If you assume for a moment MV=PT is a valid equation describing price levels then we could hypothesise that as M has been increased V has fallen. And indeed this is in fact a tautology if we do in fact find that price levels in oil and so on and consumer goods drop to pre QE levels.

Let me lay out my view of how a fiat credit economy actually works and see if it fits with the facts.

Rule1: An economy below peak debt and employing deposit insurance will automatically increase debt levels by bidding up asset prices which are suppressed from their maximum potential by interest rates. This happens because in this situation its easier to make money by bidding up asset prices than do any real work. Attempts to prevent this by using high interest rates will fail because V will rise to counteract the fall in M.

Rule 2:An economy above peak debt and employing deposit insurance will automatically decrease debt levels by bidding down asset prices which are elevated above their maximum potential by overshoot of credit expansion. Attempts to maintain asset prices above maximum potential by printing money (M) will simply result in a fall in velocity V.

Rule3: it is not possible to use information held in a computer or in a ledger (fiat money) to create a simulation of a scarce good because the attempt creates arbitrages which are too easily worked around by financial markets. Only a scarce good could possibly attract a nominal (let alone real) rate of return. Only at zero nominal interest rates is this rule satisfied.

Rule4: An economy having zero interest rates and a stable money supply must be at peak debt. The fact that the fiat money has zero rate of return and therefore zero nominal value at this equilibrium is counter-balanced by the fact that the value of fiat denominated debt is now at a maximum.

Rule5: Fiat debt issued by the same entity that issues the fiat money is not debt, although for a while it may be possible to sustain this illusion in the same way that for a while it is possible to sustain an illusion of a scarce fiat commodity that is in fact pure information. In the end it (fiat money and fiat government debt) will be found to be pure information with no distinguishing features to tell one from the other, and furthermore that this data is only meaningful when associated with debt relations in the private sector.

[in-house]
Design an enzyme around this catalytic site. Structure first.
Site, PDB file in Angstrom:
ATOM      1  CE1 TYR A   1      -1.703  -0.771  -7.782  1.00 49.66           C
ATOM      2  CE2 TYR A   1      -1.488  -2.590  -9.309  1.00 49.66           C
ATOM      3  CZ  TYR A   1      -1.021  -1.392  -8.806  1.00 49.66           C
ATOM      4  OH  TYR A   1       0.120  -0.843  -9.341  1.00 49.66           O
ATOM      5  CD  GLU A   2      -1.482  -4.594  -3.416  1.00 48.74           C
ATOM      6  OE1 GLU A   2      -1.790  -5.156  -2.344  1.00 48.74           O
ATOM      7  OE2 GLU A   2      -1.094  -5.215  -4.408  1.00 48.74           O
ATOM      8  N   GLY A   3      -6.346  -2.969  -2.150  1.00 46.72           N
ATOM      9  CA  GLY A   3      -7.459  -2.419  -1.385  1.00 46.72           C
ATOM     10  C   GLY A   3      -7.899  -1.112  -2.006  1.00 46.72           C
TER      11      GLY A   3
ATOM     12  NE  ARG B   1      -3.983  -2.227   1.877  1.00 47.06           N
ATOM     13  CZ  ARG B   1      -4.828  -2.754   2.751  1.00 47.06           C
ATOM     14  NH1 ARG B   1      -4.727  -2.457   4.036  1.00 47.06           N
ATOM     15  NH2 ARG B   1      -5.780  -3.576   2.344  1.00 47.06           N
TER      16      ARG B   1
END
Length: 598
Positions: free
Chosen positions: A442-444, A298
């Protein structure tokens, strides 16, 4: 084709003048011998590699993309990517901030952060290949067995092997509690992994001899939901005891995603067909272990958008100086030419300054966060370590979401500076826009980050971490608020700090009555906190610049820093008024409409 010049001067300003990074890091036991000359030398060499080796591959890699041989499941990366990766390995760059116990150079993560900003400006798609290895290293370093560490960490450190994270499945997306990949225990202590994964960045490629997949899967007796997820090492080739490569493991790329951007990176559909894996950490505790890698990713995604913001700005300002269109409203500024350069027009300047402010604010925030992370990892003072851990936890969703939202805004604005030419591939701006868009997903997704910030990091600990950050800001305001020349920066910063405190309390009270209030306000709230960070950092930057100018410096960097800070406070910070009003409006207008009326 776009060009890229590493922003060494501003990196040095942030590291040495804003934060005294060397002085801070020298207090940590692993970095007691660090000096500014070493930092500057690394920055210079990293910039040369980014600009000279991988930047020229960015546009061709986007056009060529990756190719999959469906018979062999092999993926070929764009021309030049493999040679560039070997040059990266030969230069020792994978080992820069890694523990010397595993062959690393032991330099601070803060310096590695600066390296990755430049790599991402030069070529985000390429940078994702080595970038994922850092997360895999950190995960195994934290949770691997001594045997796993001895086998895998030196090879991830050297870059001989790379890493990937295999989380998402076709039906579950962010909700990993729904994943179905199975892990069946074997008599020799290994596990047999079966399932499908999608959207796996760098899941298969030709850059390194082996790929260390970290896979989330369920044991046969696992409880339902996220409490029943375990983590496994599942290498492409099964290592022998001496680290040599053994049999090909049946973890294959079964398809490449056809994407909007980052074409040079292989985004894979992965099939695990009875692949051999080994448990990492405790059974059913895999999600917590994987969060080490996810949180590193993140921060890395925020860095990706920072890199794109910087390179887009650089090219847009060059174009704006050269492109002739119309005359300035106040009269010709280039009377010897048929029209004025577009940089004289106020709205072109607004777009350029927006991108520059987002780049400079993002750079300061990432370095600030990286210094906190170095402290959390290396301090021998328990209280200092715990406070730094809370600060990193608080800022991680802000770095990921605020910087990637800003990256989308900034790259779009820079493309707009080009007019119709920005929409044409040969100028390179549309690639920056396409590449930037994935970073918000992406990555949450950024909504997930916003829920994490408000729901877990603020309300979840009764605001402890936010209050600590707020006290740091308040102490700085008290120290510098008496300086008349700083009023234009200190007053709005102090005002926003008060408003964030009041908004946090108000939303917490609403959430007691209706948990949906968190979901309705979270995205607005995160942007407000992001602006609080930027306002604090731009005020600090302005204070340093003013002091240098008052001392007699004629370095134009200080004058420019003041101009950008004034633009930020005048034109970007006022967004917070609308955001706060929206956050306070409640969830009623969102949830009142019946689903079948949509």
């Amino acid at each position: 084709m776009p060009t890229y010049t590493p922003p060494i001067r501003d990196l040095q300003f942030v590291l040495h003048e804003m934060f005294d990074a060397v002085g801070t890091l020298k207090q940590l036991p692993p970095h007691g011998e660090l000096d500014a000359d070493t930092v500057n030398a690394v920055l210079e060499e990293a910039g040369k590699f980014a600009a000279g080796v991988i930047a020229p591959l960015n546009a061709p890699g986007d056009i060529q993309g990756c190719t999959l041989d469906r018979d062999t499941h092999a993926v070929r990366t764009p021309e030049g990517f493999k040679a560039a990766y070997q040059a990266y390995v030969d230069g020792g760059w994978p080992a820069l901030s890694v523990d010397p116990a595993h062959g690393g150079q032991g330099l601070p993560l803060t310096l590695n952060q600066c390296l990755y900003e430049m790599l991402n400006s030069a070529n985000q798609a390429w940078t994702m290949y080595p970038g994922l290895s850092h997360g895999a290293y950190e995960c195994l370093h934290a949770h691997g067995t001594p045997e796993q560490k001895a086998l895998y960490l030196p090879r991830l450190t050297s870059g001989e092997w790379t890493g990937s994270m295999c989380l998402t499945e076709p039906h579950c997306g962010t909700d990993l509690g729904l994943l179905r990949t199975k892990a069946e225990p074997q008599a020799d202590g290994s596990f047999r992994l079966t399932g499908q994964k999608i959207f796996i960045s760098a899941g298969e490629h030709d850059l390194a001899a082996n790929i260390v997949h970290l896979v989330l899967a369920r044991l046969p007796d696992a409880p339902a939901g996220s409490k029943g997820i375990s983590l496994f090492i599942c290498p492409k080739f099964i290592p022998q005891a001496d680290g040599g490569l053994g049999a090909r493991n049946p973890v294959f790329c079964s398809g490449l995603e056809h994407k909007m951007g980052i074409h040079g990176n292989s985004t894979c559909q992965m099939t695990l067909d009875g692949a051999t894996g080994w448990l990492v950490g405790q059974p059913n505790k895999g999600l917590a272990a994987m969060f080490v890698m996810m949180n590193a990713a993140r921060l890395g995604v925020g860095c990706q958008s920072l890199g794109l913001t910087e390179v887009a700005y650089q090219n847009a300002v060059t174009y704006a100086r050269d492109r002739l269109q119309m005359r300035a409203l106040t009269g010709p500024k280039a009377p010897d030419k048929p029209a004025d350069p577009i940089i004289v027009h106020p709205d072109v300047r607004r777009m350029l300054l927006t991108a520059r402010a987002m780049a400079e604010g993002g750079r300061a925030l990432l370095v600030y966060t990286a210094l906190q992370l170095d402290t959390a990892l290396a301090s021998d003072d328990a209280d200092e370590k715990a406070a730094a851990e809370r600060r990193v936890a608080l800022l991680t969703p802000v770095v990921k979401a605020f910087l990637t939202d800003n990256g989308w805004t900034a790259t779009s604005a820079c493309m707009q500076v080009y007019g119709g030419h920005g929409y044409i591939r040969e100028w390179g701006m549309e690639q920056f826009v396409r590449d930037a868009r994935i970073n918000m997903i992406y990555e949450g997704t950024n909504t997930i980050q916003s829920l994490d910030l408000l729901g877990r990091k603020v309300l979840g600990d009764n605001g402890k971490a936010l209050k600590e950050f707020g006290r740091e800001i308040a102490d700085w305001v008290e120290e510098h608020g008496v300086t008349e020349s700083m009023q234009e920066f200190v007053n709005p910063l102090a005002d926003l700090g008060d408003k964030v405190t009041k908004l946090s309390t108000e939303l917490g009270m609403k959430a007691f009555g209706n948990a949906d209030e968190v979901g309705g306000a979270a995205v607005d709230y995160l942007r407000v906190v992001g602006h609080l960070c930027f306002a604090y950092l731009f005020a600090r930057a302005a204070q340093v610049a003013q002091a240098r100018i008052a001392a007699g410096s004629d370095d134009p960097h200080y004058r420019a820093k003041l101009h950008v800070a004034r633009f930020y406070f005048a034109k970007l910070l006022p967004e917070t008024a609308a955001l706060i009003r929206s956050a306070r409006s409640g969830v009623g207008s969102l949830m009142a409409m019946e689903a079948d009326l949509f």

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Good question and one that no doubt many will be asking because the evidence we see doesn't square with the widely held belief in the quantity of money theory.

If you assume for a moment MV=PT is a valid equation describing price levels then we could hypothesise that as M has been increased V has fallen. And indeed this is in fact a tautology if we do in fact find that price levels in oil and so on and consumer goods drop to pre QE levels.

Let me lay out my view of how a fiat credit economy actually works and see if it fits with the facts.

Rule1: An economy below peak debt and employing deposit insurance will automatically increase debt levels by bidding up asset prices which are suppressed from their maximum potential by interest rates. This happens because in this situation its easier to make money by bidding up asset prices than do any real work. Attempts to prevent this by using high interest rates will fail because V will rise to counteract the fall in M.

Rule 2:An economy above peak debt and employing deposit insurance will automatically decrease debt levels by bidding down asset prices which are elevated above their maximum potential by overshoot of credit expansion. Attempts to maintain asset prices above maximum potential by printing money (M) will simply result in a fall in velocity V.

Rule3: it is not possible to use information held in a computer or in a ledger (fiat money) to create a simulation of a scarce good because the attempt creates arbitrages which are too easily worked around by financial markets. Only a scarce good could possibly attract a nominal (let alone real) rate of return. Only at zero nominal interest rates is this rule satisfied.

Rule4: An economy having zero interest rates and a stable money supply must be at peak debt. The fact that the fiat money has zero rate of return and therefore zero nominal value at this equilibrium is counter-balanced by the fact that the value of fiat denominated debt is now at a maximum.

Rule5: Fiat debt issued by the same entity that issues the fiat money is not debt, although for a while it may be possible to sustain this illusion in the same way that for a while it is possible to sustain an illusion of a scarce fiat commodity that is in fact pure information. In the end it (fiat money and fiat government debt) will be found to be pure information with no distinguishing features to tell one from the other, and furthermore that this data is only meaningful when associated with debt relations in the private sector.

nice description of a ponzi scheme.

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  • 333 Brexit, House prices and Summer 2020

    1. 1. Including the effects Brexit, where do you think average UK house prices will be relative to now in June 2020?


      • down 5% +
      • down 2.5%
      • Even
      • up 2.5%
      • up 5%